Lived by the Three, Dead by the Three


Shooters always shoot. That is what they do. That is all they can do. In a slump? Shoot through it or dig your head in and get to the basket. Just know that the next one is going to fall.

That had to be what Hedo Turkoglu and the rest of the Magic were thinking as they stared down a three-point deficit with 10 seconds to play. Orlando famously relies on 3-point shooting, drawing the criticism of the national media and observers everywhere declaring the style cannot win. The Magic have always felt comfortable with the 3-pointer even when they are not falling.

When you live by the three, you die by the three. After four years of relying on the most fickle and efficient of NBA shots, it may finally be coming back to haunt them.

Turkoglu lost the ball as he was preparing to rise up over Al Horford on the final possession. When he recovered, he rushed back to the three-point line and forced a long-range heave over Horford that hit off the back iron. Game over. The Hawks won 88-85 and took a commanding 3-1 series lead Sunday night at Philips Arena.

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The Magic hit their first three-point attempt of the game and proceeded to miss the next 19. Much like Games Two and Three, these were not contested 3-pointers for the most part. These were open or rhythm looks that the team typically makes. The Magic just often do not go 2 for 23 from 3-point range. In fact, they never do. Further adding to the puzzle of going 21 for 96 from 3-point range in the four games of this series.

Atlanta did little to help themselves, losing a 16-point lead and settling for mid-range and contested and quick 3-pointers throughout the second and third quarters. But at the end of the game, things ran through Joe Johnson and Johnson delivered.

The Magic tied the game at 76, but allowed the Hawks to go on a 6-0 run. It came on a Jamal Crawford 3-pointer and a Joe Johnson drive. Throughout the final stages of the fourth quarter, Johnson took the ball and drove into the middle of the lane, throwing that sweet floater softly into the rim. He scored 20 points on 6-for-15 shooting, carrying Atlanta to the finish line. He hit four free throws to keep the Hawks up by three in the final 30 seconds.

Like the rest of the game though, Johnson gave Orlando its opportunity to come back in this game. Johnson turned the ball over on a Jameer Nelson steal that led to a Quentin Richardson dunk. Even with the Magic shooting so poorly, Orlando was very much in this game.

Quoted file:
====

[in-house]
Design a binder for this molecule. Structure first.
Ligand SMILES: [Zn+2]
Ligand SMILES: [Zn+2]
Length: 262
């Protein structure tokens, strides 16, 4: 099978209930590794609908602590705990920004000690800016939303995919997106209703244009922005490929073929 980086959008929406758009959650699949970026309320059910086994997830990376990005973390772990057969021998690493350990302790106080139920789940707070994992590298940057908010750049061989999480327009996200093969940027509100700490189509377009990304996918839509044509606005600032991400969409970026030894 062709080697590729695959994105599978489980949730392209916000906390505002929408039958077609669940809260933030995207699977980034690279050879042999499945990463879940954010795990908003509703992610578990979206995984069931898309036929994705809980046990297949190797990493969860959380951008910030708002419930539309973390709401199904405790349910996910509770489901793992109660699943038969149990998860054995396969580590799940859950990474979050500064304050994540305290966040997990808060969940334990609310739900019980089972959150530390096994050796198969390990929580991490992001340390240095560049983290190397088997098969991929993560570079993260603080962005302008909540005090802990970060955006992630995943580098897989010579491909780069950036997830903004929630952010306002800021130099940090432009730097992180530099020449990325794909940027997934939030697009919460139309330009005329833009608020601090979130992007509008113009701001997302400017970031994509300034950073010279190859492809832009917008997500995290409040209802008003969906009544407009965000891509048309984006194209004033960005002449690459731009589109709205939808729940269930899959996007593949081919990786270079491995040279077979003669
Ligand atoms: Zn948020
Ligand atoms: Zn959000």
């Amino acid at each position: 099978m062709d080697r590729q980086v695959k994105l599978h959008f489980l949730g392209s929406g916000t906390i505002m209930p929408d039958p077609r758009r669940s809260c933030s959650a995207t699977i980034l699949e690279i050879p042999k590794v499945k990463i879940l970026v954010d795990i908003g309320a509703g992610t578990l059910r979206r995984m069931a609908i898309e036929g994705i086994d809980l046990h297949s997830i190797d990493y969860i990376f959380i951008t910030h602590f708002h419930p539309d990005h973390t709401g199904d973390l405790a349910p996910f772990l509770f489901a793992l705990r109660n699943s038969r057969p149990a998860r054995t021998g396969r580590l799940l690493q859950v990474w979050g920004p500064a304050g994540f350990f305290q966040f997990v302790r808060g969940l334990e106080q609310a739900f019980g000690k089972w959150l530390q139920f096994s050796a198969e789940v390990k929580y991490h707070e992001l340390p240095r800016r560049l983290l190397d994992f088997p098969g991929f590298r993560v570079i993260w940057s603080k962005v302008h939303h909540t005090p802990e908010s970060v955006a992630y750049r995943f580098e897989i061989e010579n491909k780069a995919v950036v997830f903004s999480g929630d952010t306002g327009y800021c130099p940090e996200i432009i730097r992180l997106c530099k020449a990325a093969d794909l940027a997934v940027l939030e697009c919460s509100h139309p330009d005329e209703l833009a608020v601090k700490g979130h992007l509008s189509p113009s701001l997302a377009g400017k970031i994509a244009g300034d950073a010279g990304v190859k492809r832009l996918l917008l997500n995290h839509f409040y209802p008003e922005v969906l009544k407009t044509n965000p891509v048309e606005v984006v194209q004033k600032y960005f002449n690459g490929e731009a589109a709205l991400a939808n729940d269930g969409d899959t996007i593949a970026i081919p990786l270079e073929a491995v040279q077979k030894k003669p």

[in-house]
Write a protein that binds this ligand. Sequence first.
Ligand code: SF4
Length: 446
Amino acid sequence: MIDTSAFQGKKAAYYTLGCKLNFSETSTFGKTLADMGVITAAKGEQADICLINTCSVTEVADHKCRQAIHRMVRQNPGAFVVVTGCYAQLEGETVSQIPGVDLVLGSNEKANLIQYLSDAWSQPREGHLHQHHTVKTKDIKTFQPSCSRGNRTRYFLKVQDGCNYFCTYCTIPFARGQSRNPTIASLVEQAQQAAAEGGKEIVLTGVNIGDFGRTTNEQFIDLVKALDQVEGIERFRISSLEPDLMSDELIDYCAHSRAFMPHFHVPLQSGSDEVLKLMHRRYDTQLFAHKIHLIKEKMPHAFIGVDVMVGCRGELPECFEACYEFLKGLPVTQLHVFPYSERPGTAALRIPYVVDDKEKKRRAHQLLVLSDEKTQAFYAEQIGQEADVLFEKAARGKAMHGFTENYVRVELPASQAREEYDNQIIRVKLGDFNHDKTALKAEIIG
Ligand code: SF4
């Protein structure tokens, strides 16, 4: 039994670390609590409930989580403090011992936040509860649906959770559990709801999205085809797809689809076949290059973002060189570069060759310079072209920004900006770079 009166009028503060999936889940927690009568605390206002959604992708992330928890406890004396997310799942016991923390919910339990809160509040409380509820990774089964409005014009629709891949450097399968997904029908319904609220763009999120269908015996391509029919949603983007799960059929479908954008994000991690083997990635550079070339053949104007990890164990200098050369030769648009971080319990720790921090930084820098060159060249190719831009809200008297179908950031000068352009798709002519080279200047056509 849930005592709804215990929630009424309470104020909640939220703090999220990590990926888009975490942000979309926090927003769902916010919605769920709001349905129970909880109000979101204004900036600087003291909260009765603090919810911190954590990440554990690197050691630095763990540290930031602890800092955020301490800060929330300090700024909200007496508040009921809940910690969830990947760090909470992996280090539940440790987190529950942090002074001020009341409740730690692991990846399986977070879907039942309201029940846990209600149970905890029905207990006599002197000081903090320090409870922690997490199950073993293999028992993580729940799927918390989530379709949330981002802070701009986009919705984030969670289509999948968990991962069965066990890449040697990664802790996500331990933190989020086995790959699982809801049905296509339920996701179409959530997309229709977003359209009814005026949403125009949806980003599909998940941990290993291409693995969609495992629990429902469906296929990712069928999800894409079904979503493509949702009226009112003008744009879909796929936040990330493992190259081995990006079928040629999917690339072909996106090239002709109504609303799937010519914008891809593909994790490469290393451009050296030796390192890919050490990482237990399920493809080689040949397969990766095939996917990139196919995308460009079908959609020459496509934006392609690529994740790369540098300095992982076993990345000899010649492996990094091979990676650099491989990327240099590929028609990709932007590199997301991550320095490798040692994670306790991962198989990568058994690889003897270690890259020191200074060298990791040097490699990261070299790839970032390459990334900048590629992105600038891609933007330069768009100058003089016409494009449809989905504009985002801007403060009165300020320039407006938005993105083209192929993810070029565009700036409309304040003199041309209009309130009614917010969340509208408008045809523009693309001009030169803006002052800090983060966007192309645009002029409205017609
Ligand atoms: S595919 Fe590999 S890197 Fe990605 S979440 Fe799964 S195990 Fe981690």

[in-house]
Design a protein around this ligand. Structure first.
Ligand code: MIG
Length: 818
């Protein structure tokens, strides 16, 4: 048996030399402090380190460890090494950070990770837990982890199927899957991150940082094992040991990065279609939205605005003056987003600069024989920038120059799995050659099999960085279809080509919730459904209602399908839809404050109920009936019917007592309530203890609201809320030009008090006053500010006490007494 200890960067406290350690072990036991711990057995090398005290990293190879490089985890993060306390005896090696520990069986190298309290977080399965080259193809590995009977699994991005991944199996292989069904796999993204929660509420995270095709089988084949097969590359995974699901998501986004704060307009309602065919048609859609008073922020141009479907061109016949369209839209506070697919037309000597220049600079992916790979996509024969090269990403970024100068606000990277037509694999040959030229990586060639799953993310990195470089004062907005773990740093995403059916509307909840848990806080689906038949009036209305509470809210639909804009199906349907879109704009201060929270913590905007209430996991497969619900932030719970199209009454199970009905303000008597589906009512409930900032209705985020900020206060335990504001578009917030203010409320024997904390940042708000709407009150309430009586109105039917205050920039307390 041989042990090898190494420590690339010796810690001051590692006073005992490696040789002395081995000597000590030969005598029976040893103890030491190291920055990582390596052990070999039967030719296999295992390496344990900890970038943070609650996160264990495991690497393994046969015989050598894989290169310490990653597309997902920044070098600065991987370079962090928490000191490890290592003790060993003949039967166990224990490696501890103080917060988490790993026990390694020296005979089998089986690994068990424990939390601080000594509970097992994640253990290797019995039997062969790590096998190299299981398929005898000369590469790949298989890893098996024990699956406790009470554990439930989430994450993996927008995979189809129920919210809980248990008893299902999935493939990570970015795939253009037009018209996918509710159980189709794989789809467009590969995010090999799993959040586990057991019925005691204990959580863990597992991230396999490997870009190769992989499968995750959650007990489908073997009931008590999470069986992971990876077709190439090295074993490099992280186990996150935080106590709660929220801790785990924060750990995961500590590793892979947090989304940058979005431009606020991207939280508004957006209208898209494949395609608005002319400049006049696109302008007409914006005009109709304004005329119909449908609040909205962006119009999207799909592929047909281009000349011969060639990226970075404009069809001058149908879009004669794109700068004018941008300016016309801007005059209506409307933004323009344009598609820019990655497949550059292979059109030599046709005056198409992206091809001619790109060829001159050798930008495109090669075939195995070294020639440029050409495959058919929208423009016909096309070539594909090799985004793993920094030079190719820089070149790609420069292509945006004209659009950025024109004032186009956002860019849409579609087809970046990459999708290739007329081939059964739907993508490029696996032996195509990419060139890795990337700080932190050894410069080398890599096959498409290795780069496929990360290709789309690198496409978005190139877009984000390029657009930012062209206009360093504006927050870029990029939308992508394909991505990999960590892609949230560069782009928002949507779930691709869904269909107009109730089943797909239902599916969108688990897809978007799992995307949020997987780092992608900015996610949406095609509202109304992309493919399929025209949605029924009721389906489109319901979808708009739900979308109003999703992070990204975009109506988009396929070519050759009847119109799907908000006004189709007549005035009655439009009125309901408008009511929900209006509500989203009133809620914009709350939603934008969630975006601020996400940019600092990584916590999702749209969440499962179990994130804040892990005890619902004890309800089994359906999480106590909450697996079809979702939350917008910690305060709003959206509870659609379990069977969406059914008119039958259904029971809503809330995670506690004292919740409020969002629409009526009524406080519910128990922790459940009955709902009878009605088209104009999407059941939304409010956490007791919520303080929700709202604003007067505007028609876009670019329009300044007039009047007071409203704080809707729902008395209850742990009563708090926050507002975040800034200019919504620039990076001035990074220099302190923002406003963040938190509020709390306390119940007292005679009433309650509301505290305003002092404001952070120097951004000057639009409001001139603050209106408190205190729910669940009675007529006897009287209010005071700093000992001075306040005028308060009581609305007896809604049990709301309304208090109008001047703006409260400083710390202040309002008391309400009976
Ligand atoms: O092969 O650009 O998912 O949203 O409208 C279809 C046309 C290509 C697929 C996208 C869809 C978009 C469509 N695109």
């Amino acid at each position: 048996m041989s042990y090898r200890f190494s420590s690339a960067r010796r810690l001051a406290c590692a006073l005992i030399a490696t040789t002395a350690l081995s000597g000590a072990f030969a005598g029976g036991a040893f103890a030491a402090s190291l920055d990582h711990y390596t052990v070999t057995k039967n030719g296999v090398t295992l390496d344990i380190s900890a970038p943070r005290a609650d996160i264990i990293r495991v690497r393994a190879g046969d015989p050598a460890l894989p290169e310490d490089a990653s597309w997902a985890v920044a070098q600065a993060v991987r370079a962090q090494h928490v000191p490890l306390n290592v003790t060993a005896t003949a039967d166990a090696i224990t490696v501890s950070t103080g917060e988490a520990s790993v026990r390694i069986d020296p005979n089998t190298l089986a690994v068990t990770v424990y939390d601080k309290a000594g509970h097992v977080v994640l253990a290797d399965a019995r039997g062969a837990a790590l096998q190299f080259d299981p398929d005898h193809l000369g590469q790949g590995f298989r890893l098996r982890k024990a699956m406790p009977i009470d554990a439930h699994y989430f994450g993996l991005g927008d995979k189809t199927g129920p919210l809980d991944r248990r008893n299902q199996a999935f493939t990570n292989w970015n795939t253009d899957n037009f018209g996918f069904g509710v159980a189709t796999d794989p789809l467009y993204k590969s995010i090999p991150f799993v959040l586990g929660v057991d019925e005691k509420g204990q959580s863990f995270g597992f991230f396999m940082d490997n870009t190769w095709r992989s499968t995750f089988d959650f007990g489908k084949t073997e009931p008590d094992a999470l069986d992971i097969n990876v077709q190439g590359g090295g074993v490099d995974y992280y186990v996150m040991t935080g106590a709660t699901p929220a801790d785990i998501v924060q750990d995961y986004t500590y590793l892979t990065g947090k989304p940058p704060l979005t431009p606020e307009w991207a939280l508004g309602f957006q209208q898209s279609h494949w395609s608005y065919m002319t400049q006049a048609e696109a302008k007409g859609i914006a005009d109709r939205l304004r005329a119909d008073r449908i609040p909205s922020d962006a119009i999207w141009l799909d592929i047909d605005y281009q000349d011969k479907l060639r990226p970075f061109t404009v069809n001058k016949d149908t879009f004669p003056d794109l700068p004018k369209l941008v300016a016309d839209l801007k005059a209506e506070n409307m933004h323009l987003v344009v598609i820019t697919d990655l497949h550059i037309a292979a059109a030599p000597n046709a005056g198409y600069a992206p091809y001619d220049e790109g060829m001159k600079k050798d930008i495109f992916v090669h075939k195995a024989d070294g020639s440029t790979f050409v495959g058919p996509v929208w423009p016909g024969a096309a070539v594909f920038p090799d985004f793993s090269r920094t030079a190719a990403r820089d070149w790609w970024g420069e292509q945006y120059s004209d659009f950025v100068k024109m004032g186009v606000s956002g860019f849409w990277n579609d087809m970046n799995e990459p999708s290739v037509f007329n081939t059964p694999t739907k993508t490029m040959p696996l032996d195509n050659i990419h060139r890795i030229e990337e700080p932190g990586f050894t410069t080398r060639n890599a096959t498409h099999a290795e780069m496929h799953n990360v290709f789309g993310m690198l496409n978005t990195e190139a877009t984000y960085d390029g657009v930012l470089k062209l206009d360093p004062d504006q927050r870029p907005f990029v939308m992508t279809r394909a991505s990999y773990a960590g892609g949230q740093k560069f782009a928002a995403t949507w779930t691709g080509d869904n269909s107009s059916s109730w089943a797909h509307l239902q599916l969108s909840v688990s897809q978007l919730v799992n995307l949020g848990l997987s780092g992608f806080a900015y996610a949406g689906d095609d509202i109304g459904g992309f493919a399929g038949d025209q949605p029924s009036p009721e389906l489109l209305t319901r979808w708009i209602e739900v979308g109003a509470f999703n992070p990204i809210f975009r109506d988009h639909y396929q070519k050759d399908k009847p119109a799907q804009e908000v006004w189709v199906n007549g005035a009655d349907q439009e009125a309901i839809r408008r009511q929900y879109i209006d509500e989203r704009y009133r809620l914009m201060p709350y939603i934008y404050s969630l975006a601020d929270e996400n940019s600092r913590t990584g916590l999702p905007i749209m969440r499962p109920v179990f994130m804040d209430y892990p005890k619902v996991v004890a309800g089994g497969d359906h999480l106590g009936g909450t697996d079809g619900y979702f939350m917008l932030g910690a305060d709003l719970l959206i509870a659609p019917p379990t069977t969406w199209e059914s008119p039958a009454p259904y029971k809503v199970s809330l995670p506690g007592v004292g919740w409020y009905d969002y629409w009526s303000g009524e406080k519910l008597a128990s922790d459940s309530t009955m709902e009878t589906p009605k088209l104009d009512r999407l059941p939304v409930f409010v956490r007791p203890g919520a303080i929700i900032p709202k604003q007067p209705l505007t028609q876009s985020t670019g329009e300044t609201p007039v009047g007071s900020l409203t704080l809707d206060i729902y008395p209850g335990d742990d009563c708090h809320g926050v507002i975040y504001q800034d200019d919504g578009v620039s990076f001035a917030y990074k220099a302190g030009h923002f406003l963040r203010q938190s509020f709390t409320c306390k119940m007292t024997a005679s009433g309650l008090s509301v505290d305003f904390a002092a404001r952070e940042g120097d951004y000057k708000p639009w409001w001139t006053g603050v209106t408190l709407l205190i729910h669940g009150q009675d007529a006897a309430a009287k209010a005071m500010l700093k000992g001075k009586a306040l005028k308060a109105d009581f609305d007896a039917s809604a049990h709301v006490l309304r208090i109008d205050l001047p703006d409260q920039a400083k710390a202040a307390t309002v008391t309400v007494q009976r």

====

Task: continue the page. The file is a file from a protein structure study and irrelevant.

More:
Orlando got an unlikely lift from Gilbert Arenas in the third and fourth quarters as Orlando pushed its way back into the game and made things much closer than it probably should have been. A team like the Magic should not be anywhere near the game while shooting 8.7 percent from 3-point range.

Stan Van Gundy put it bluntly after the game, his team needs to make shots and stay patient and confidence. But he also admitted with the way the team is playing offensively, Orlando should be getting blown out. Makes you appreciate how close Atlanta really was to sweeping this series.

The Hawks raced out to an early lead, taking advantage of another slow start from the Magic. Two early fouls from Dwight Howard made things even more difficult. Orlando kept things relatively close, but Atlanta was just shooting too well early. They went up by 16 points and Howard and the Magic had to claw their way back in.

They slowly chipped away at the lead throughout the end of the second and third quarters. Howaard scored 14 of the team’s 24 points in the third quarter (he finished with 29 points and 17 rebounds but added eight of the team’s 13 turnovers). Gilbert Arenas played a big part in that. He scored 20 points on 9-for-18 shooting, attacking the basket with the fervor he did back in his (healthy) days in Washington. He had Orlando’s only 3-pointer in the second half which tied the game in the middle of the fourth quarter.

Arenas was a big bright spot in the game as everyone else just struggled to make shots. Even though Atlanta felt compelled to take quick shots early in the shot clock from mid range and got away from the ball movement and attacking style that helped it build a double-digit lead — Atlanta has had a double-digit lead in each of the four games — Orlando simply could not make the team pay.

The first half was a parade of 3-point shots that just would not go in. Even if the looks were open. The Magic adjusted their strategy slightly with Arenas trying to get to the basket and setting up more post ups for Howard. Hedo Turkoglu even attacked the basket more. Orlando was rewarded for this aggression, going to the line 29 times, making 21 free throw attempts. Atlanta was not going to the line until the end of the game, finishing with 20 attempts. The free throw shooting — the Magic had 17 attempts in the first half — was a big factor in keeping them in the game.

It should be a lesson for Game Five.

But when shots are not falling, you obviously are not scoring. And when you cannot score, you are not going to win. Jameer Nelson was 3 for 12 and Hedo Turkoglu shot 2 for 12. Orlando is not winning if those two cannot get it going. Atlanta did a good job keeping Nelson out of the paint on the pick and roll. And Turkoglu is really struggling to break free from Josh Smith.

Stan Van Gundy has not had a lot of answers in this series. He has been willing to shoulder blame for not getting guys free for jumpers. But he is right in also asking his players to do the simplest of basketball tasks: make shots.

If the Magic cannot do it in Game Five, their season is over.

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